It is undoubtedly far more comfortable to remain within the walls of the hospital. It is more pleasant to be involved in healing people. It is more aesthetic to remain on the purely ideological level, and to say: the coalition agreement that supports - yes, even with such stringent terms and prerequisites that it perhaps cannot happen in our generation - the creation of a Palestinian state, such an agreement undermines the very essence of the claim of the people of Israel to the Land of Israel. However, I did not enter the world of politics in order to be aesthetic or correct. With eyes wide open, I entered that world - which has those involved in political harlotry, which has horses and riders, and which also has wartime deceptions - in order to attempt to contribute, even if only a little, to the victory of the national-diplomatic idea in which I believe. I entered into all of that in order to prevent the creation of a Palestinian state, for such a state west of the Jordan will bring about the destruction of the state of Israel. Therefore, even if we be accused of political harlotry, of the Rahav school, we will breach the walls, and we will be the Trojan Horse that will prevent the establishment of a Palestinian state.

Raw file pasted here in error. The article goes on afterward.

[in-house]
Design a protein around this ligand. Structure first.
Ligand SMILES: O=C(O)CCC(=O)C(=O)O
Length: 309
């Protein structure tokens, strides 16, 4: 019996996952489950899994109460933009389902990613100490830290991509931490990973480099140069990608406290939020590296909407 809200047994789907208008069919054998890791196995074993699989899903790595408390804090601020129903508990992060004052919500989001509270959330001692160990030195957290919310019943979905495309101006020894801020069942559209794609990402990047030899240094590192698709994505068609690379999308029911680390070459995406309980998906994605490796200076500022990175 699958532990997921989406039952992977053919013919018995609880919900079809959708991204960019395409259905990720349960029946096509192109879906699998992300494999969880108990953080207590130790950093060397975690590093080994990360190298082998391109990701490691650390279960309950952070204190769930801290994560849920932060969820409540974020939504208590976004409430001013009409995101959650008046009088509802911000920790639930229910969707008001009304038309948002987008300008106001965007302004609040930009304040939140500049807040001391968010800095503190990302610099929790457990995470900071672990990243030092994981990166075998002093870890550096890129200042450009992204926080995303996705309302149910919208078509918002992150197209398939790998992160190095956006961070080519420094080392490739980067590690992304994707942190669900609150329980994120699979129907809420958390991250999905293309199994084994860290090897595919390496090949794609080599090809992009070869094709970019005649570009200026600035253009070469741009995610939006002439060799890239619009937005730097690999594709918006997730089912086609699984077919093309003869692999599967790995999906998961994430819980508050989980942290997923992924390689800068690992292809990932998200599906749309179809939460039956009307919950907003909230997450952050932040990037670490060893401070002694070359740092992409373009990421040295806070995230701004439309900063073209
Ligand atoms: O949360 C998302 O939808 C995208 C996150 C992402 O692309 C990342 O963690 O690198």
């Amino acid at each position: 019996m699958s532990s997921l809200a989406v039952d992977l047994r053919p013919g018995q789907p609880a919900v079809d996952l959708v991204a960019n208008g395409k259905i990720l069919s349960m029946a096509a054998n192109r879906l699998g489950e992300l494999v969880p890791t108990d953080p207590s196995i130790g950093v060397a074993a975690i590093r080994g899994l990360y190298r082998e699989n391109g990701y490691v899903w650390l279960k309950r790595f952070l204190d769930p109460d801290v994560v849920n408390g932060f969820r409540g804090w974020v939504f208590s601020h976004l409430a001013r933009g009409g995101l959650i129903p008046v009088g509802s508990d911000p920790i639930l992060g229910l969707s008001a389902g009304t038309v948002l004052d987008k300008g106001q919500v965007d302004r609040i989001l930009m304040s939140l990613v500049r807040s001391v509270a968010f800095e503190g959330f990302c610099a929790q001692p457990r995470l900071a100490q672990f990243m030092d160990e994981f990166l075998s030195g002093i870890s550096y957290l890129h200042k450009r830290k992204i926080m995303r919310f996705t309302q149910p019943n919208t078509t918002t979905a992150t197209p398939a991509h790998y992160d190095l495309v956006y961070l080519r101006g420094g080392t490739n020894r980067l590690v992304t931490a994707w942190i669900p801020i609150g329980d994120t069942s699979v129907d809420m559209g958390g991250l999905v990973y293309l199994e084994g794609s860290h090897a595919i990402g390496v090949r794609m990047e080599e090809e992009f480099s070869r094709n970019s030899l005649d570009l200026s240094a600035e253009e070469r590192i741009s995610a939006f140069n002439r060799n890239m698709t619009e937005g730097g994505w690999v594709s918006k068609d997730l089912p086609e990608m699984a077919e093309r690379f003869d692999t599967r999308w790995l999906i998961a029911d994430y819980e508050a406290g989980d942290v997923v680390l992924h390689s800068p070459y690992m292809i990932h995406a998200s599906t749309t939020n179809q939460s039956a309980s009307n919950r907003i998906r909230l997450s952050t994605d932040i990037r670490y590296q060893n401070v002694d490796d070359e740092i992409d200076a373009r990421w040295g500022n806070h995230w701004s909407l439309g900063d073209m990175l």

Many things are allowed someone involved in politics, but naivete is not one of them. We know that Ariel Sharon may need the National Religious party and National Union in order to pass some harsh economic measures, in order to get through the Gulf war period, and afterwards, if he is then able, or coerced, to open negotiations towards the establishment of a Palestinian state, he can remove those opposing a Palestinian state from his government and bring in the Labor party. That possibility is very clear to us, but we have already learned that such an eventuality is only one of several possible future scripts. It is impossible to know if it will come to pass, and if it does, it is impossible to know when. On the other hand, it was clear to us that if we stayed out, the prime minister would have taken his coalition agreement and joined with the Labor party already. And that, to my understanding, is bad for the people of Israel.

Despite this political analysis, I sat in the Knesset with a heavy heart as the prime minister introduced his government to the Knesset. Only when I heard representatives of the opposition, from Labor through Meretz and to the Arab parties, did I then know that we made the right decision. All of them charged the new government with being the most ?right-wing and nationalist? of Israeli governments ever, that Avigdor Lieberman and Effie Eitam will not allow Sharon to take one step towards the creation of a Palestinian state. But for precisely that reason we are there. Rest assured, opposition members, that your words have put my mind at ease.
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Professor Eldad, a 25 year veteran of the IDF medical corps (Brig.-Gen.) and a department head at Hadassah-Ein Kerem Hospital, is a representative of the National Union faction in the Knesset.